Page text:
How to handle variants in a reference genome
When talking about genome sequencing the human genome project is one of the best known projects. “Building” a reference genome that helps to identify disease-causing mutations is only one of many goals for the human reference genome.
But I am sure that all of you already asked the question: how can a reference genome even exists? On earth we have more than 7 billion people and among that many different characteristics. So how can one human reference serve for all mankind?
The Global Alliance, lead by David Haussler, recently won a $1 million grant to create a graphical model of the human genome (BioTechniques). The graph model should help to visualise variants as alternate pathways. Like that a more comprehensive picture of “naturally occuring variants” and disease causing variants might be gained. To support this approach, they got access to 300 complete human genome sequences from the Broad Institute in Cambridge.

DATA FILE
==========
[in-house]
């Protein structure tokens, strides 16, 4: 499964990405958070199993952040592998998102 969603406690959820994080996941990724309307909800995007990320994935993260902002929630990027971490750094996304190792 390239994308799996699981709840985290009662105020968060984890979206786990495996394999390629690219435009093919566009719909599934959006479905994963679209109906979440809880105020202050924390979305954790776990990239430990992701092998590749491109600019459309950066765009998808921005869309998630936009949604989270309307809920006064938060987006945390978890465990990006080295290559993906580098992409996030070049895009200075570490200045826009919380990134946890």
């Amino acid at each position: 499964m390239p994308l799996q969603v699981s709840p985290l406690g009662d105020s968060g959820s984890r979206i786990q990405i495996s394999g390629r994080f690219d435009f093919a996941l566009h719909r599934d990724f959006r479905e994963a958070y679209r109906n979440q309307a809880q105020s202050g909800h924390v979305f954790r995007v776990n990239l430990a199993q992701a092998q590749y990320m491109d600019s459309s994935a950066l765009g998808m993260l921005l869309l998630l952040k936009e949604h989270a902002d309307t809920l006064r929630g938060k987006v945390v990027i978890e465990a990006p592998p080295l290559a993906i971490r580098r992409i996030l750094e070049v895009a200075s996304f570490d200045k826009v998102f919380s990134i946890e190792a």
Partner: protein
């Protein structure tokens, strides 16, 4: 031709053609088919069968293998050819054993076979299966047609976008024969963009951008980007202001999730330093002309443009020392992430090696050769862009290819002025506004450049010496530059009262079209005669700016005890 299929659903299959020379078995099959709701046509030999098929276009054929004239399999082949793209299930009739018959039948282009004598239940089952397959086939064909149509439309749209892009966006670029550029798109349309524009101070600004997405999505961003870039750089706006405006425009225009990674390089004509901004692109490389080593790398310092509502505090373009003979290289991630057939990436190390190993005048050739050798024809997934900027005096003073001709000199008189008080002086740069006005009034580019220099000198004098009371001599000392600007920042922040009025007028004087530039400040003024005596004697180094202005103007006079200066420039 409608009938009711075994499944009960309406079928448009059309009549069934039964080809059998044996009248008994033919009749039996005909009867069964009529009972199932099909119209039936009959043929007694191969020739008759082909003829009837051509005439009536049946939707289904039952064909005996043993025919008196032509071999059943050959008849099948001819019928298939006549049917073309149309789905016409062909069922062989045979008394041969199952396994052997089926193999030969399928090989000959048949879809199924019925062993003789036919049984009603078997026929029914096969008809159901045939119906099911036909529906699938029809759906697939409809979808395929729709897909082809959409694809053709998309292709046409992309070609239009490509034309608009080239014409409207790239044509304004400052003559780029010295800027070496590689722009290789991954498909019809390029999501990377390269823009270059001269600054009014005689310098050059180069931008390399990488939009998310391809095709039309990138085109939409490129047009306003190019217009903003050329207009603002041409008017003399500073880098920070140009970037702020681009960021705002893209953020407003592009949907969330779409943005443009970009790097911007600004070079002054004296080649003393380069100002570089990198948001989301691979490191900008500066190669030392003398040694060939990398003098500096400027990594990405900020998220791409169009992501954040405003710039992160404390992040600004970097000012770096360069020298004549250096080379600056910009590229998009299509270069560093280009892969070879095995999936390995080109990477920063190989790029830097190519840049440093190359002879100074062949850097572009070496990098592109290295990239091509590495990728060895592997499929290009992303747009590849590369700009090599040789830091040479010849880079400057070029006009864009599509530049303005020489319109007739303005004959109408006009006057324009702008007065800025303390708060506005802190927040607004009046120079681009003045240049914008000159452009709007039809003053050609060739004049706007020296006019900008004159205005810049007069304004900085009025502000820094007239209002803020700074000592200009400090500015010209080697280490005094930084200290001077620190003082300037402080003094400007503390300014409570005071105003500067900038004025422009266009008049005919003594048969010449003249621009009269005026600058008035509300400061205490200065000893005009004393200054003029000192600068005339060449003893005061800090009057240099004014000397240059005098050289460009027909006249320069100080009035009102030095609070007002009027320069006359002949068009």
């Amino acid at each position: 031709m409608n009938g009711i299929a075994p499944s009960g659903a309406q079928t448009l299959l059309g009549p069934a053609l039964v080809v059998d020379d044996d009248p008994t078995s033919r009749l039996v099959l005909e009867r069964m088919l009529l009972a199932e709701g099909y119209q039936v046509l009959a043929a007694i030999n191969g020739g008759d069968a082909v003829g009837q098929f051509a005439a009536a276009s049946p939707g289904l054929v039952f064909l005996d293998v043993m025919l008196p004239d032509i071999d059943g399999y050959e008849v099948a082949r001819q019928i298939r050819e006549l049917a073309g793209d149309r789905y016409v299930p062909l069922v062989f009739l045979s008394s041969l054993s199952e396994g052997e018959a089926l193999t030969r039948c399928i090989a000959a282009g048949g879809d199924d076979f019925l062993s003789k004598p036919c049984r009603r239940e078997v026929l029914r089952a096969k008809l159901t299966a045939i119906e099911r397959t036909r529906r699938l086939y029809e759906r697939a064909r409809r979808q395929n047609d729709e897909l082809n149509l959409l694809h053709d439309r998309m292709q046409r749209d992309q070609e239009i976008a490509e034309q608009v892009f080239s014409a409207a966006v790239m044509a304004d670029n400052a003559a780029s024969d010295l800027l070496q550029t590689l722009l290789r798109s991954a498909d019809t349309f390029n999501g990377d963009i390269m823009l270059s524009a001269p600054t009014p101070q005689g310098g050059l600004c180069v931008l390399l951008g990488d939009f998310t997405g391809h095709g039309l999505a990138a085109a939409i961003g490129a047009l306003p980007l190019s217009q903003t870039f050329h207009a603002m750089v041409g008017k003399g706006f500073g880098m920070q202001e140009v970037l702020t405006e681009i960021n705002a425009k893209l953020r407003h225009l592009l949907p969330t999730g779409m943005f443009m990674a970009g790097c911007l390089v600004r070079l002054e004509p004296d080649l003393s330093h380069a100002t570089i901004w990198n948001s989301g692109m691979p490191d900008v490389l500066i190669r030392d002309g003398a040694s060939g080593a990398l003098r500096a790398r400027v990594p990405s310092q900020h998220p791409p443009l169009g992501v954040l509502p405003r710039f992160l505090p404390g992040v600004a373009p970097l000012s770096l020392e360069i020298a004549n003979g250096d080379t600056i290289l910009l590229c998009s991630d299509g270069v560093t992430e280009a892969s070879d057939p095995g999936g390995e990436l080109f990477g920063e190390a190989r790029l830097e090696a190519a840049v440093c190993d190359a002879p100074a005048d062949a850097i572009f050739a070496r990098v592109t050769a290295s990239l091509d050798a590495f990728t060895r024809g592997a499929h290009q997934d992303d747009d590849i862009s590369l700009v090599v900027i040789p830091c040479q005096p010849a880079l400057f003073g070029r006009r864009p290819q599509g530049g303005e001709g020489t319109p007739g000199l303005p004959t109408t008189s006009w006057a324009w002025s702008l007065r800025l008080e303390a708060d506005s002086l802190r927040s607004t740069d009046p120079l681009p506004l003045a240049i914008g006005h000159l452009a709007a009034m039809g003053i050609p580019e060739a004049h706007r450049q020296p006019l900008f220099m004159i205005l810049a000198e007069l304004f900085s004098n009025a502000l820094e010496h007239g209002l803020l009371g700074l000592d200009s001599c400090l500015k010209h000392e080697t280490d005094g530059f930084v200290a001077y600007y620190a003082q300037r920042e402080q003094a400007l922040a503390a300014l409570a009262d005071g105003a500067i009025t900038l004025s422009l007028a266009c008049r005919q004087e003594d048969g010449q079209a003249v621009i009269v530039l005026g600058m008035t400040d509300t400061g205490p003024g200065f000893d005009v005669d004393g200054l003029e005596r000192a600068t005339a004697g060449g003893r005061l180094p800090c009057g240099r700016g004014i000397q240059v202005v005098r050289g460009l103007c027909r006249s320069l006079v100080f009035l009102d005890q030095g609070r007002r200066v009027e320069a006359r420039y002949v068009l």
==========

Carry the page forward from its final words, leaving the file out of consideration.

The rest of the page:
From my point of view this is a great idea and I hope it helps to further pave the way how the massive amounts of sequencing data can be handled and interpreted in the near future!
Read the complete article at BioTechniques.com